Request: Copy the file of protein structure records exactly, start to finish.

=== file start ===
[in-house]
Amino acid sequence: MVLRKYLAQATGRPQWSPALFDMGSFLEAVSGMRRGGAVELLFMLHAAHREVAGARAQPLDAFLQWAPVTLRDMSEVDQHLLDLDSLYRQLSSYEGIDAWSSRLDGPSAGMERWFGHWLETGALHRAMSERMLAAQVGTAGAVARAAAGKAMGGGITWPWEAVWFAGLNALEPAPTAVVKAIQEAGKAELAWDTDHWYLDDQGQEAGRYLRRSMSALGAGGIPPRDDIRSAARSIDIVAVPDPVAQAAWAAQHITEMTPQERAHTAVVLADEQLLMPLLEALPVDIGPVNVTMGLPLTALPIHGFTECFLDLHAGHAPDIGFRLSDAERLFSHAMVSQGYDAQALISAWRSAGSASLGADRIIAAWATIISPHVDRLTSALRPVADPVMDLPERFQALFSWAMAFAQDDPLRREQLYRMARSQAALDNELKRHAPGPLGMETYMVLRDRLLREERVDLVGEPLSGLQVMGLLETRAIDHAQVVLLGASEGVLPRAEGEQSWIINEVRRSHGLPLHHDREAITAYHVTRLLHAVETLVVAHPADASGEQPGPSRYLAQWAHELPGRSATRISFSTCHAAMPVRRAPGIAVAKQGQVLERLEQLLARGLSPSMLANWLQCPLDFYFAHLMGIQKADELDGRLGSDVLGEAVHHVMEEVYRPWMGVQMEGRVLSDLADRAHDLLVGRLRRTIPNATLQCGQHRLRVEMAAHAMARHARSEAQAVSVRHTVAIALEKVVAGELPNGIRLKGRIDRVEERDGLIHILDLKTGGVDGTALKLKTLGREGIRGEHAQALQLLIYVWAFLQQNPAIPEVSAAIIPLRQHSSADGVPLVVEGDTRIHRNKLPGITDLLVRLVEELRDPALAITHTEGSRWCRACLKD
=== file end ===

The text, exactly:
[in-house]
Amino acid sequence: MVLRKYLAQATGRPQWSPALFDMGSFLEAVSGMRRGGAVELLFMLHAAHREVAGARAQPLDAFLQWAPVTLRDMSEVDQHLLDLDSLYRQLSSYEGIDAWSSRLDGPSAGMERWFGHWLETGALHRAMSERMLAAQVGTAGAVARAAAGKAMGGGITWPWEAVWFAGLNALEPAPTAVVKAIQEAGKAELAWDTDHWYLDDQGQEAGRYLRRSMSALGAGGIPPRDDIRSAARSIDIVAVPDPVAQAAWAAQHITEMTPQERAHTAVVLADEQLLMPLLEALPVDIGPVNVTMGLPLTALPIHGFTECFLDLHAGHAPDIGFRLSDAERLFSHAMVSQGYDAQALISAWRSAGSASLGADRIIAAWATIISPHVDRLTSALRPVADPVMDLPERFQALFSWAMAFAQDDPLRREQLYRMARSQAALDNELKRHAPGPLGMETYMVLRDRLLREERVDLVGEPLSGLQVMGLLETRAIDHAQVVLLGASEGVLPRAEGEQSWIINEVRRSHGLPLHHDREAITAYHVTRLLHAVETLVVAHPADASGEQPGPSRYLAQWAHELPGRSATRISFSTCHAAMPVRRAPGIAVAKQGQVLERLEQLLARGLSPSMLANWLQCPLDFYFAHLMGIQKADELDGRLGSDVLGEAVHHVMEEVYRPWMGVQMEGRVLSDLADRAHDLLVGRLRRTIPNATLQCGQHRLRVEMAAHAMARHARSEAQAVSVRHTVAIALEKVVAGELPNGIRLKGRIDRVEERDGLIHILDLKTGGVDGTALKLKTLGREGIRGEHAQALQLLIYVWAFLQQNPAIPEVSAAIIPLRQHSSADGVPLVVEGDTRIHRNKLPGITDLLVRLVEELRDPALAITHTEGSRWCRACLKD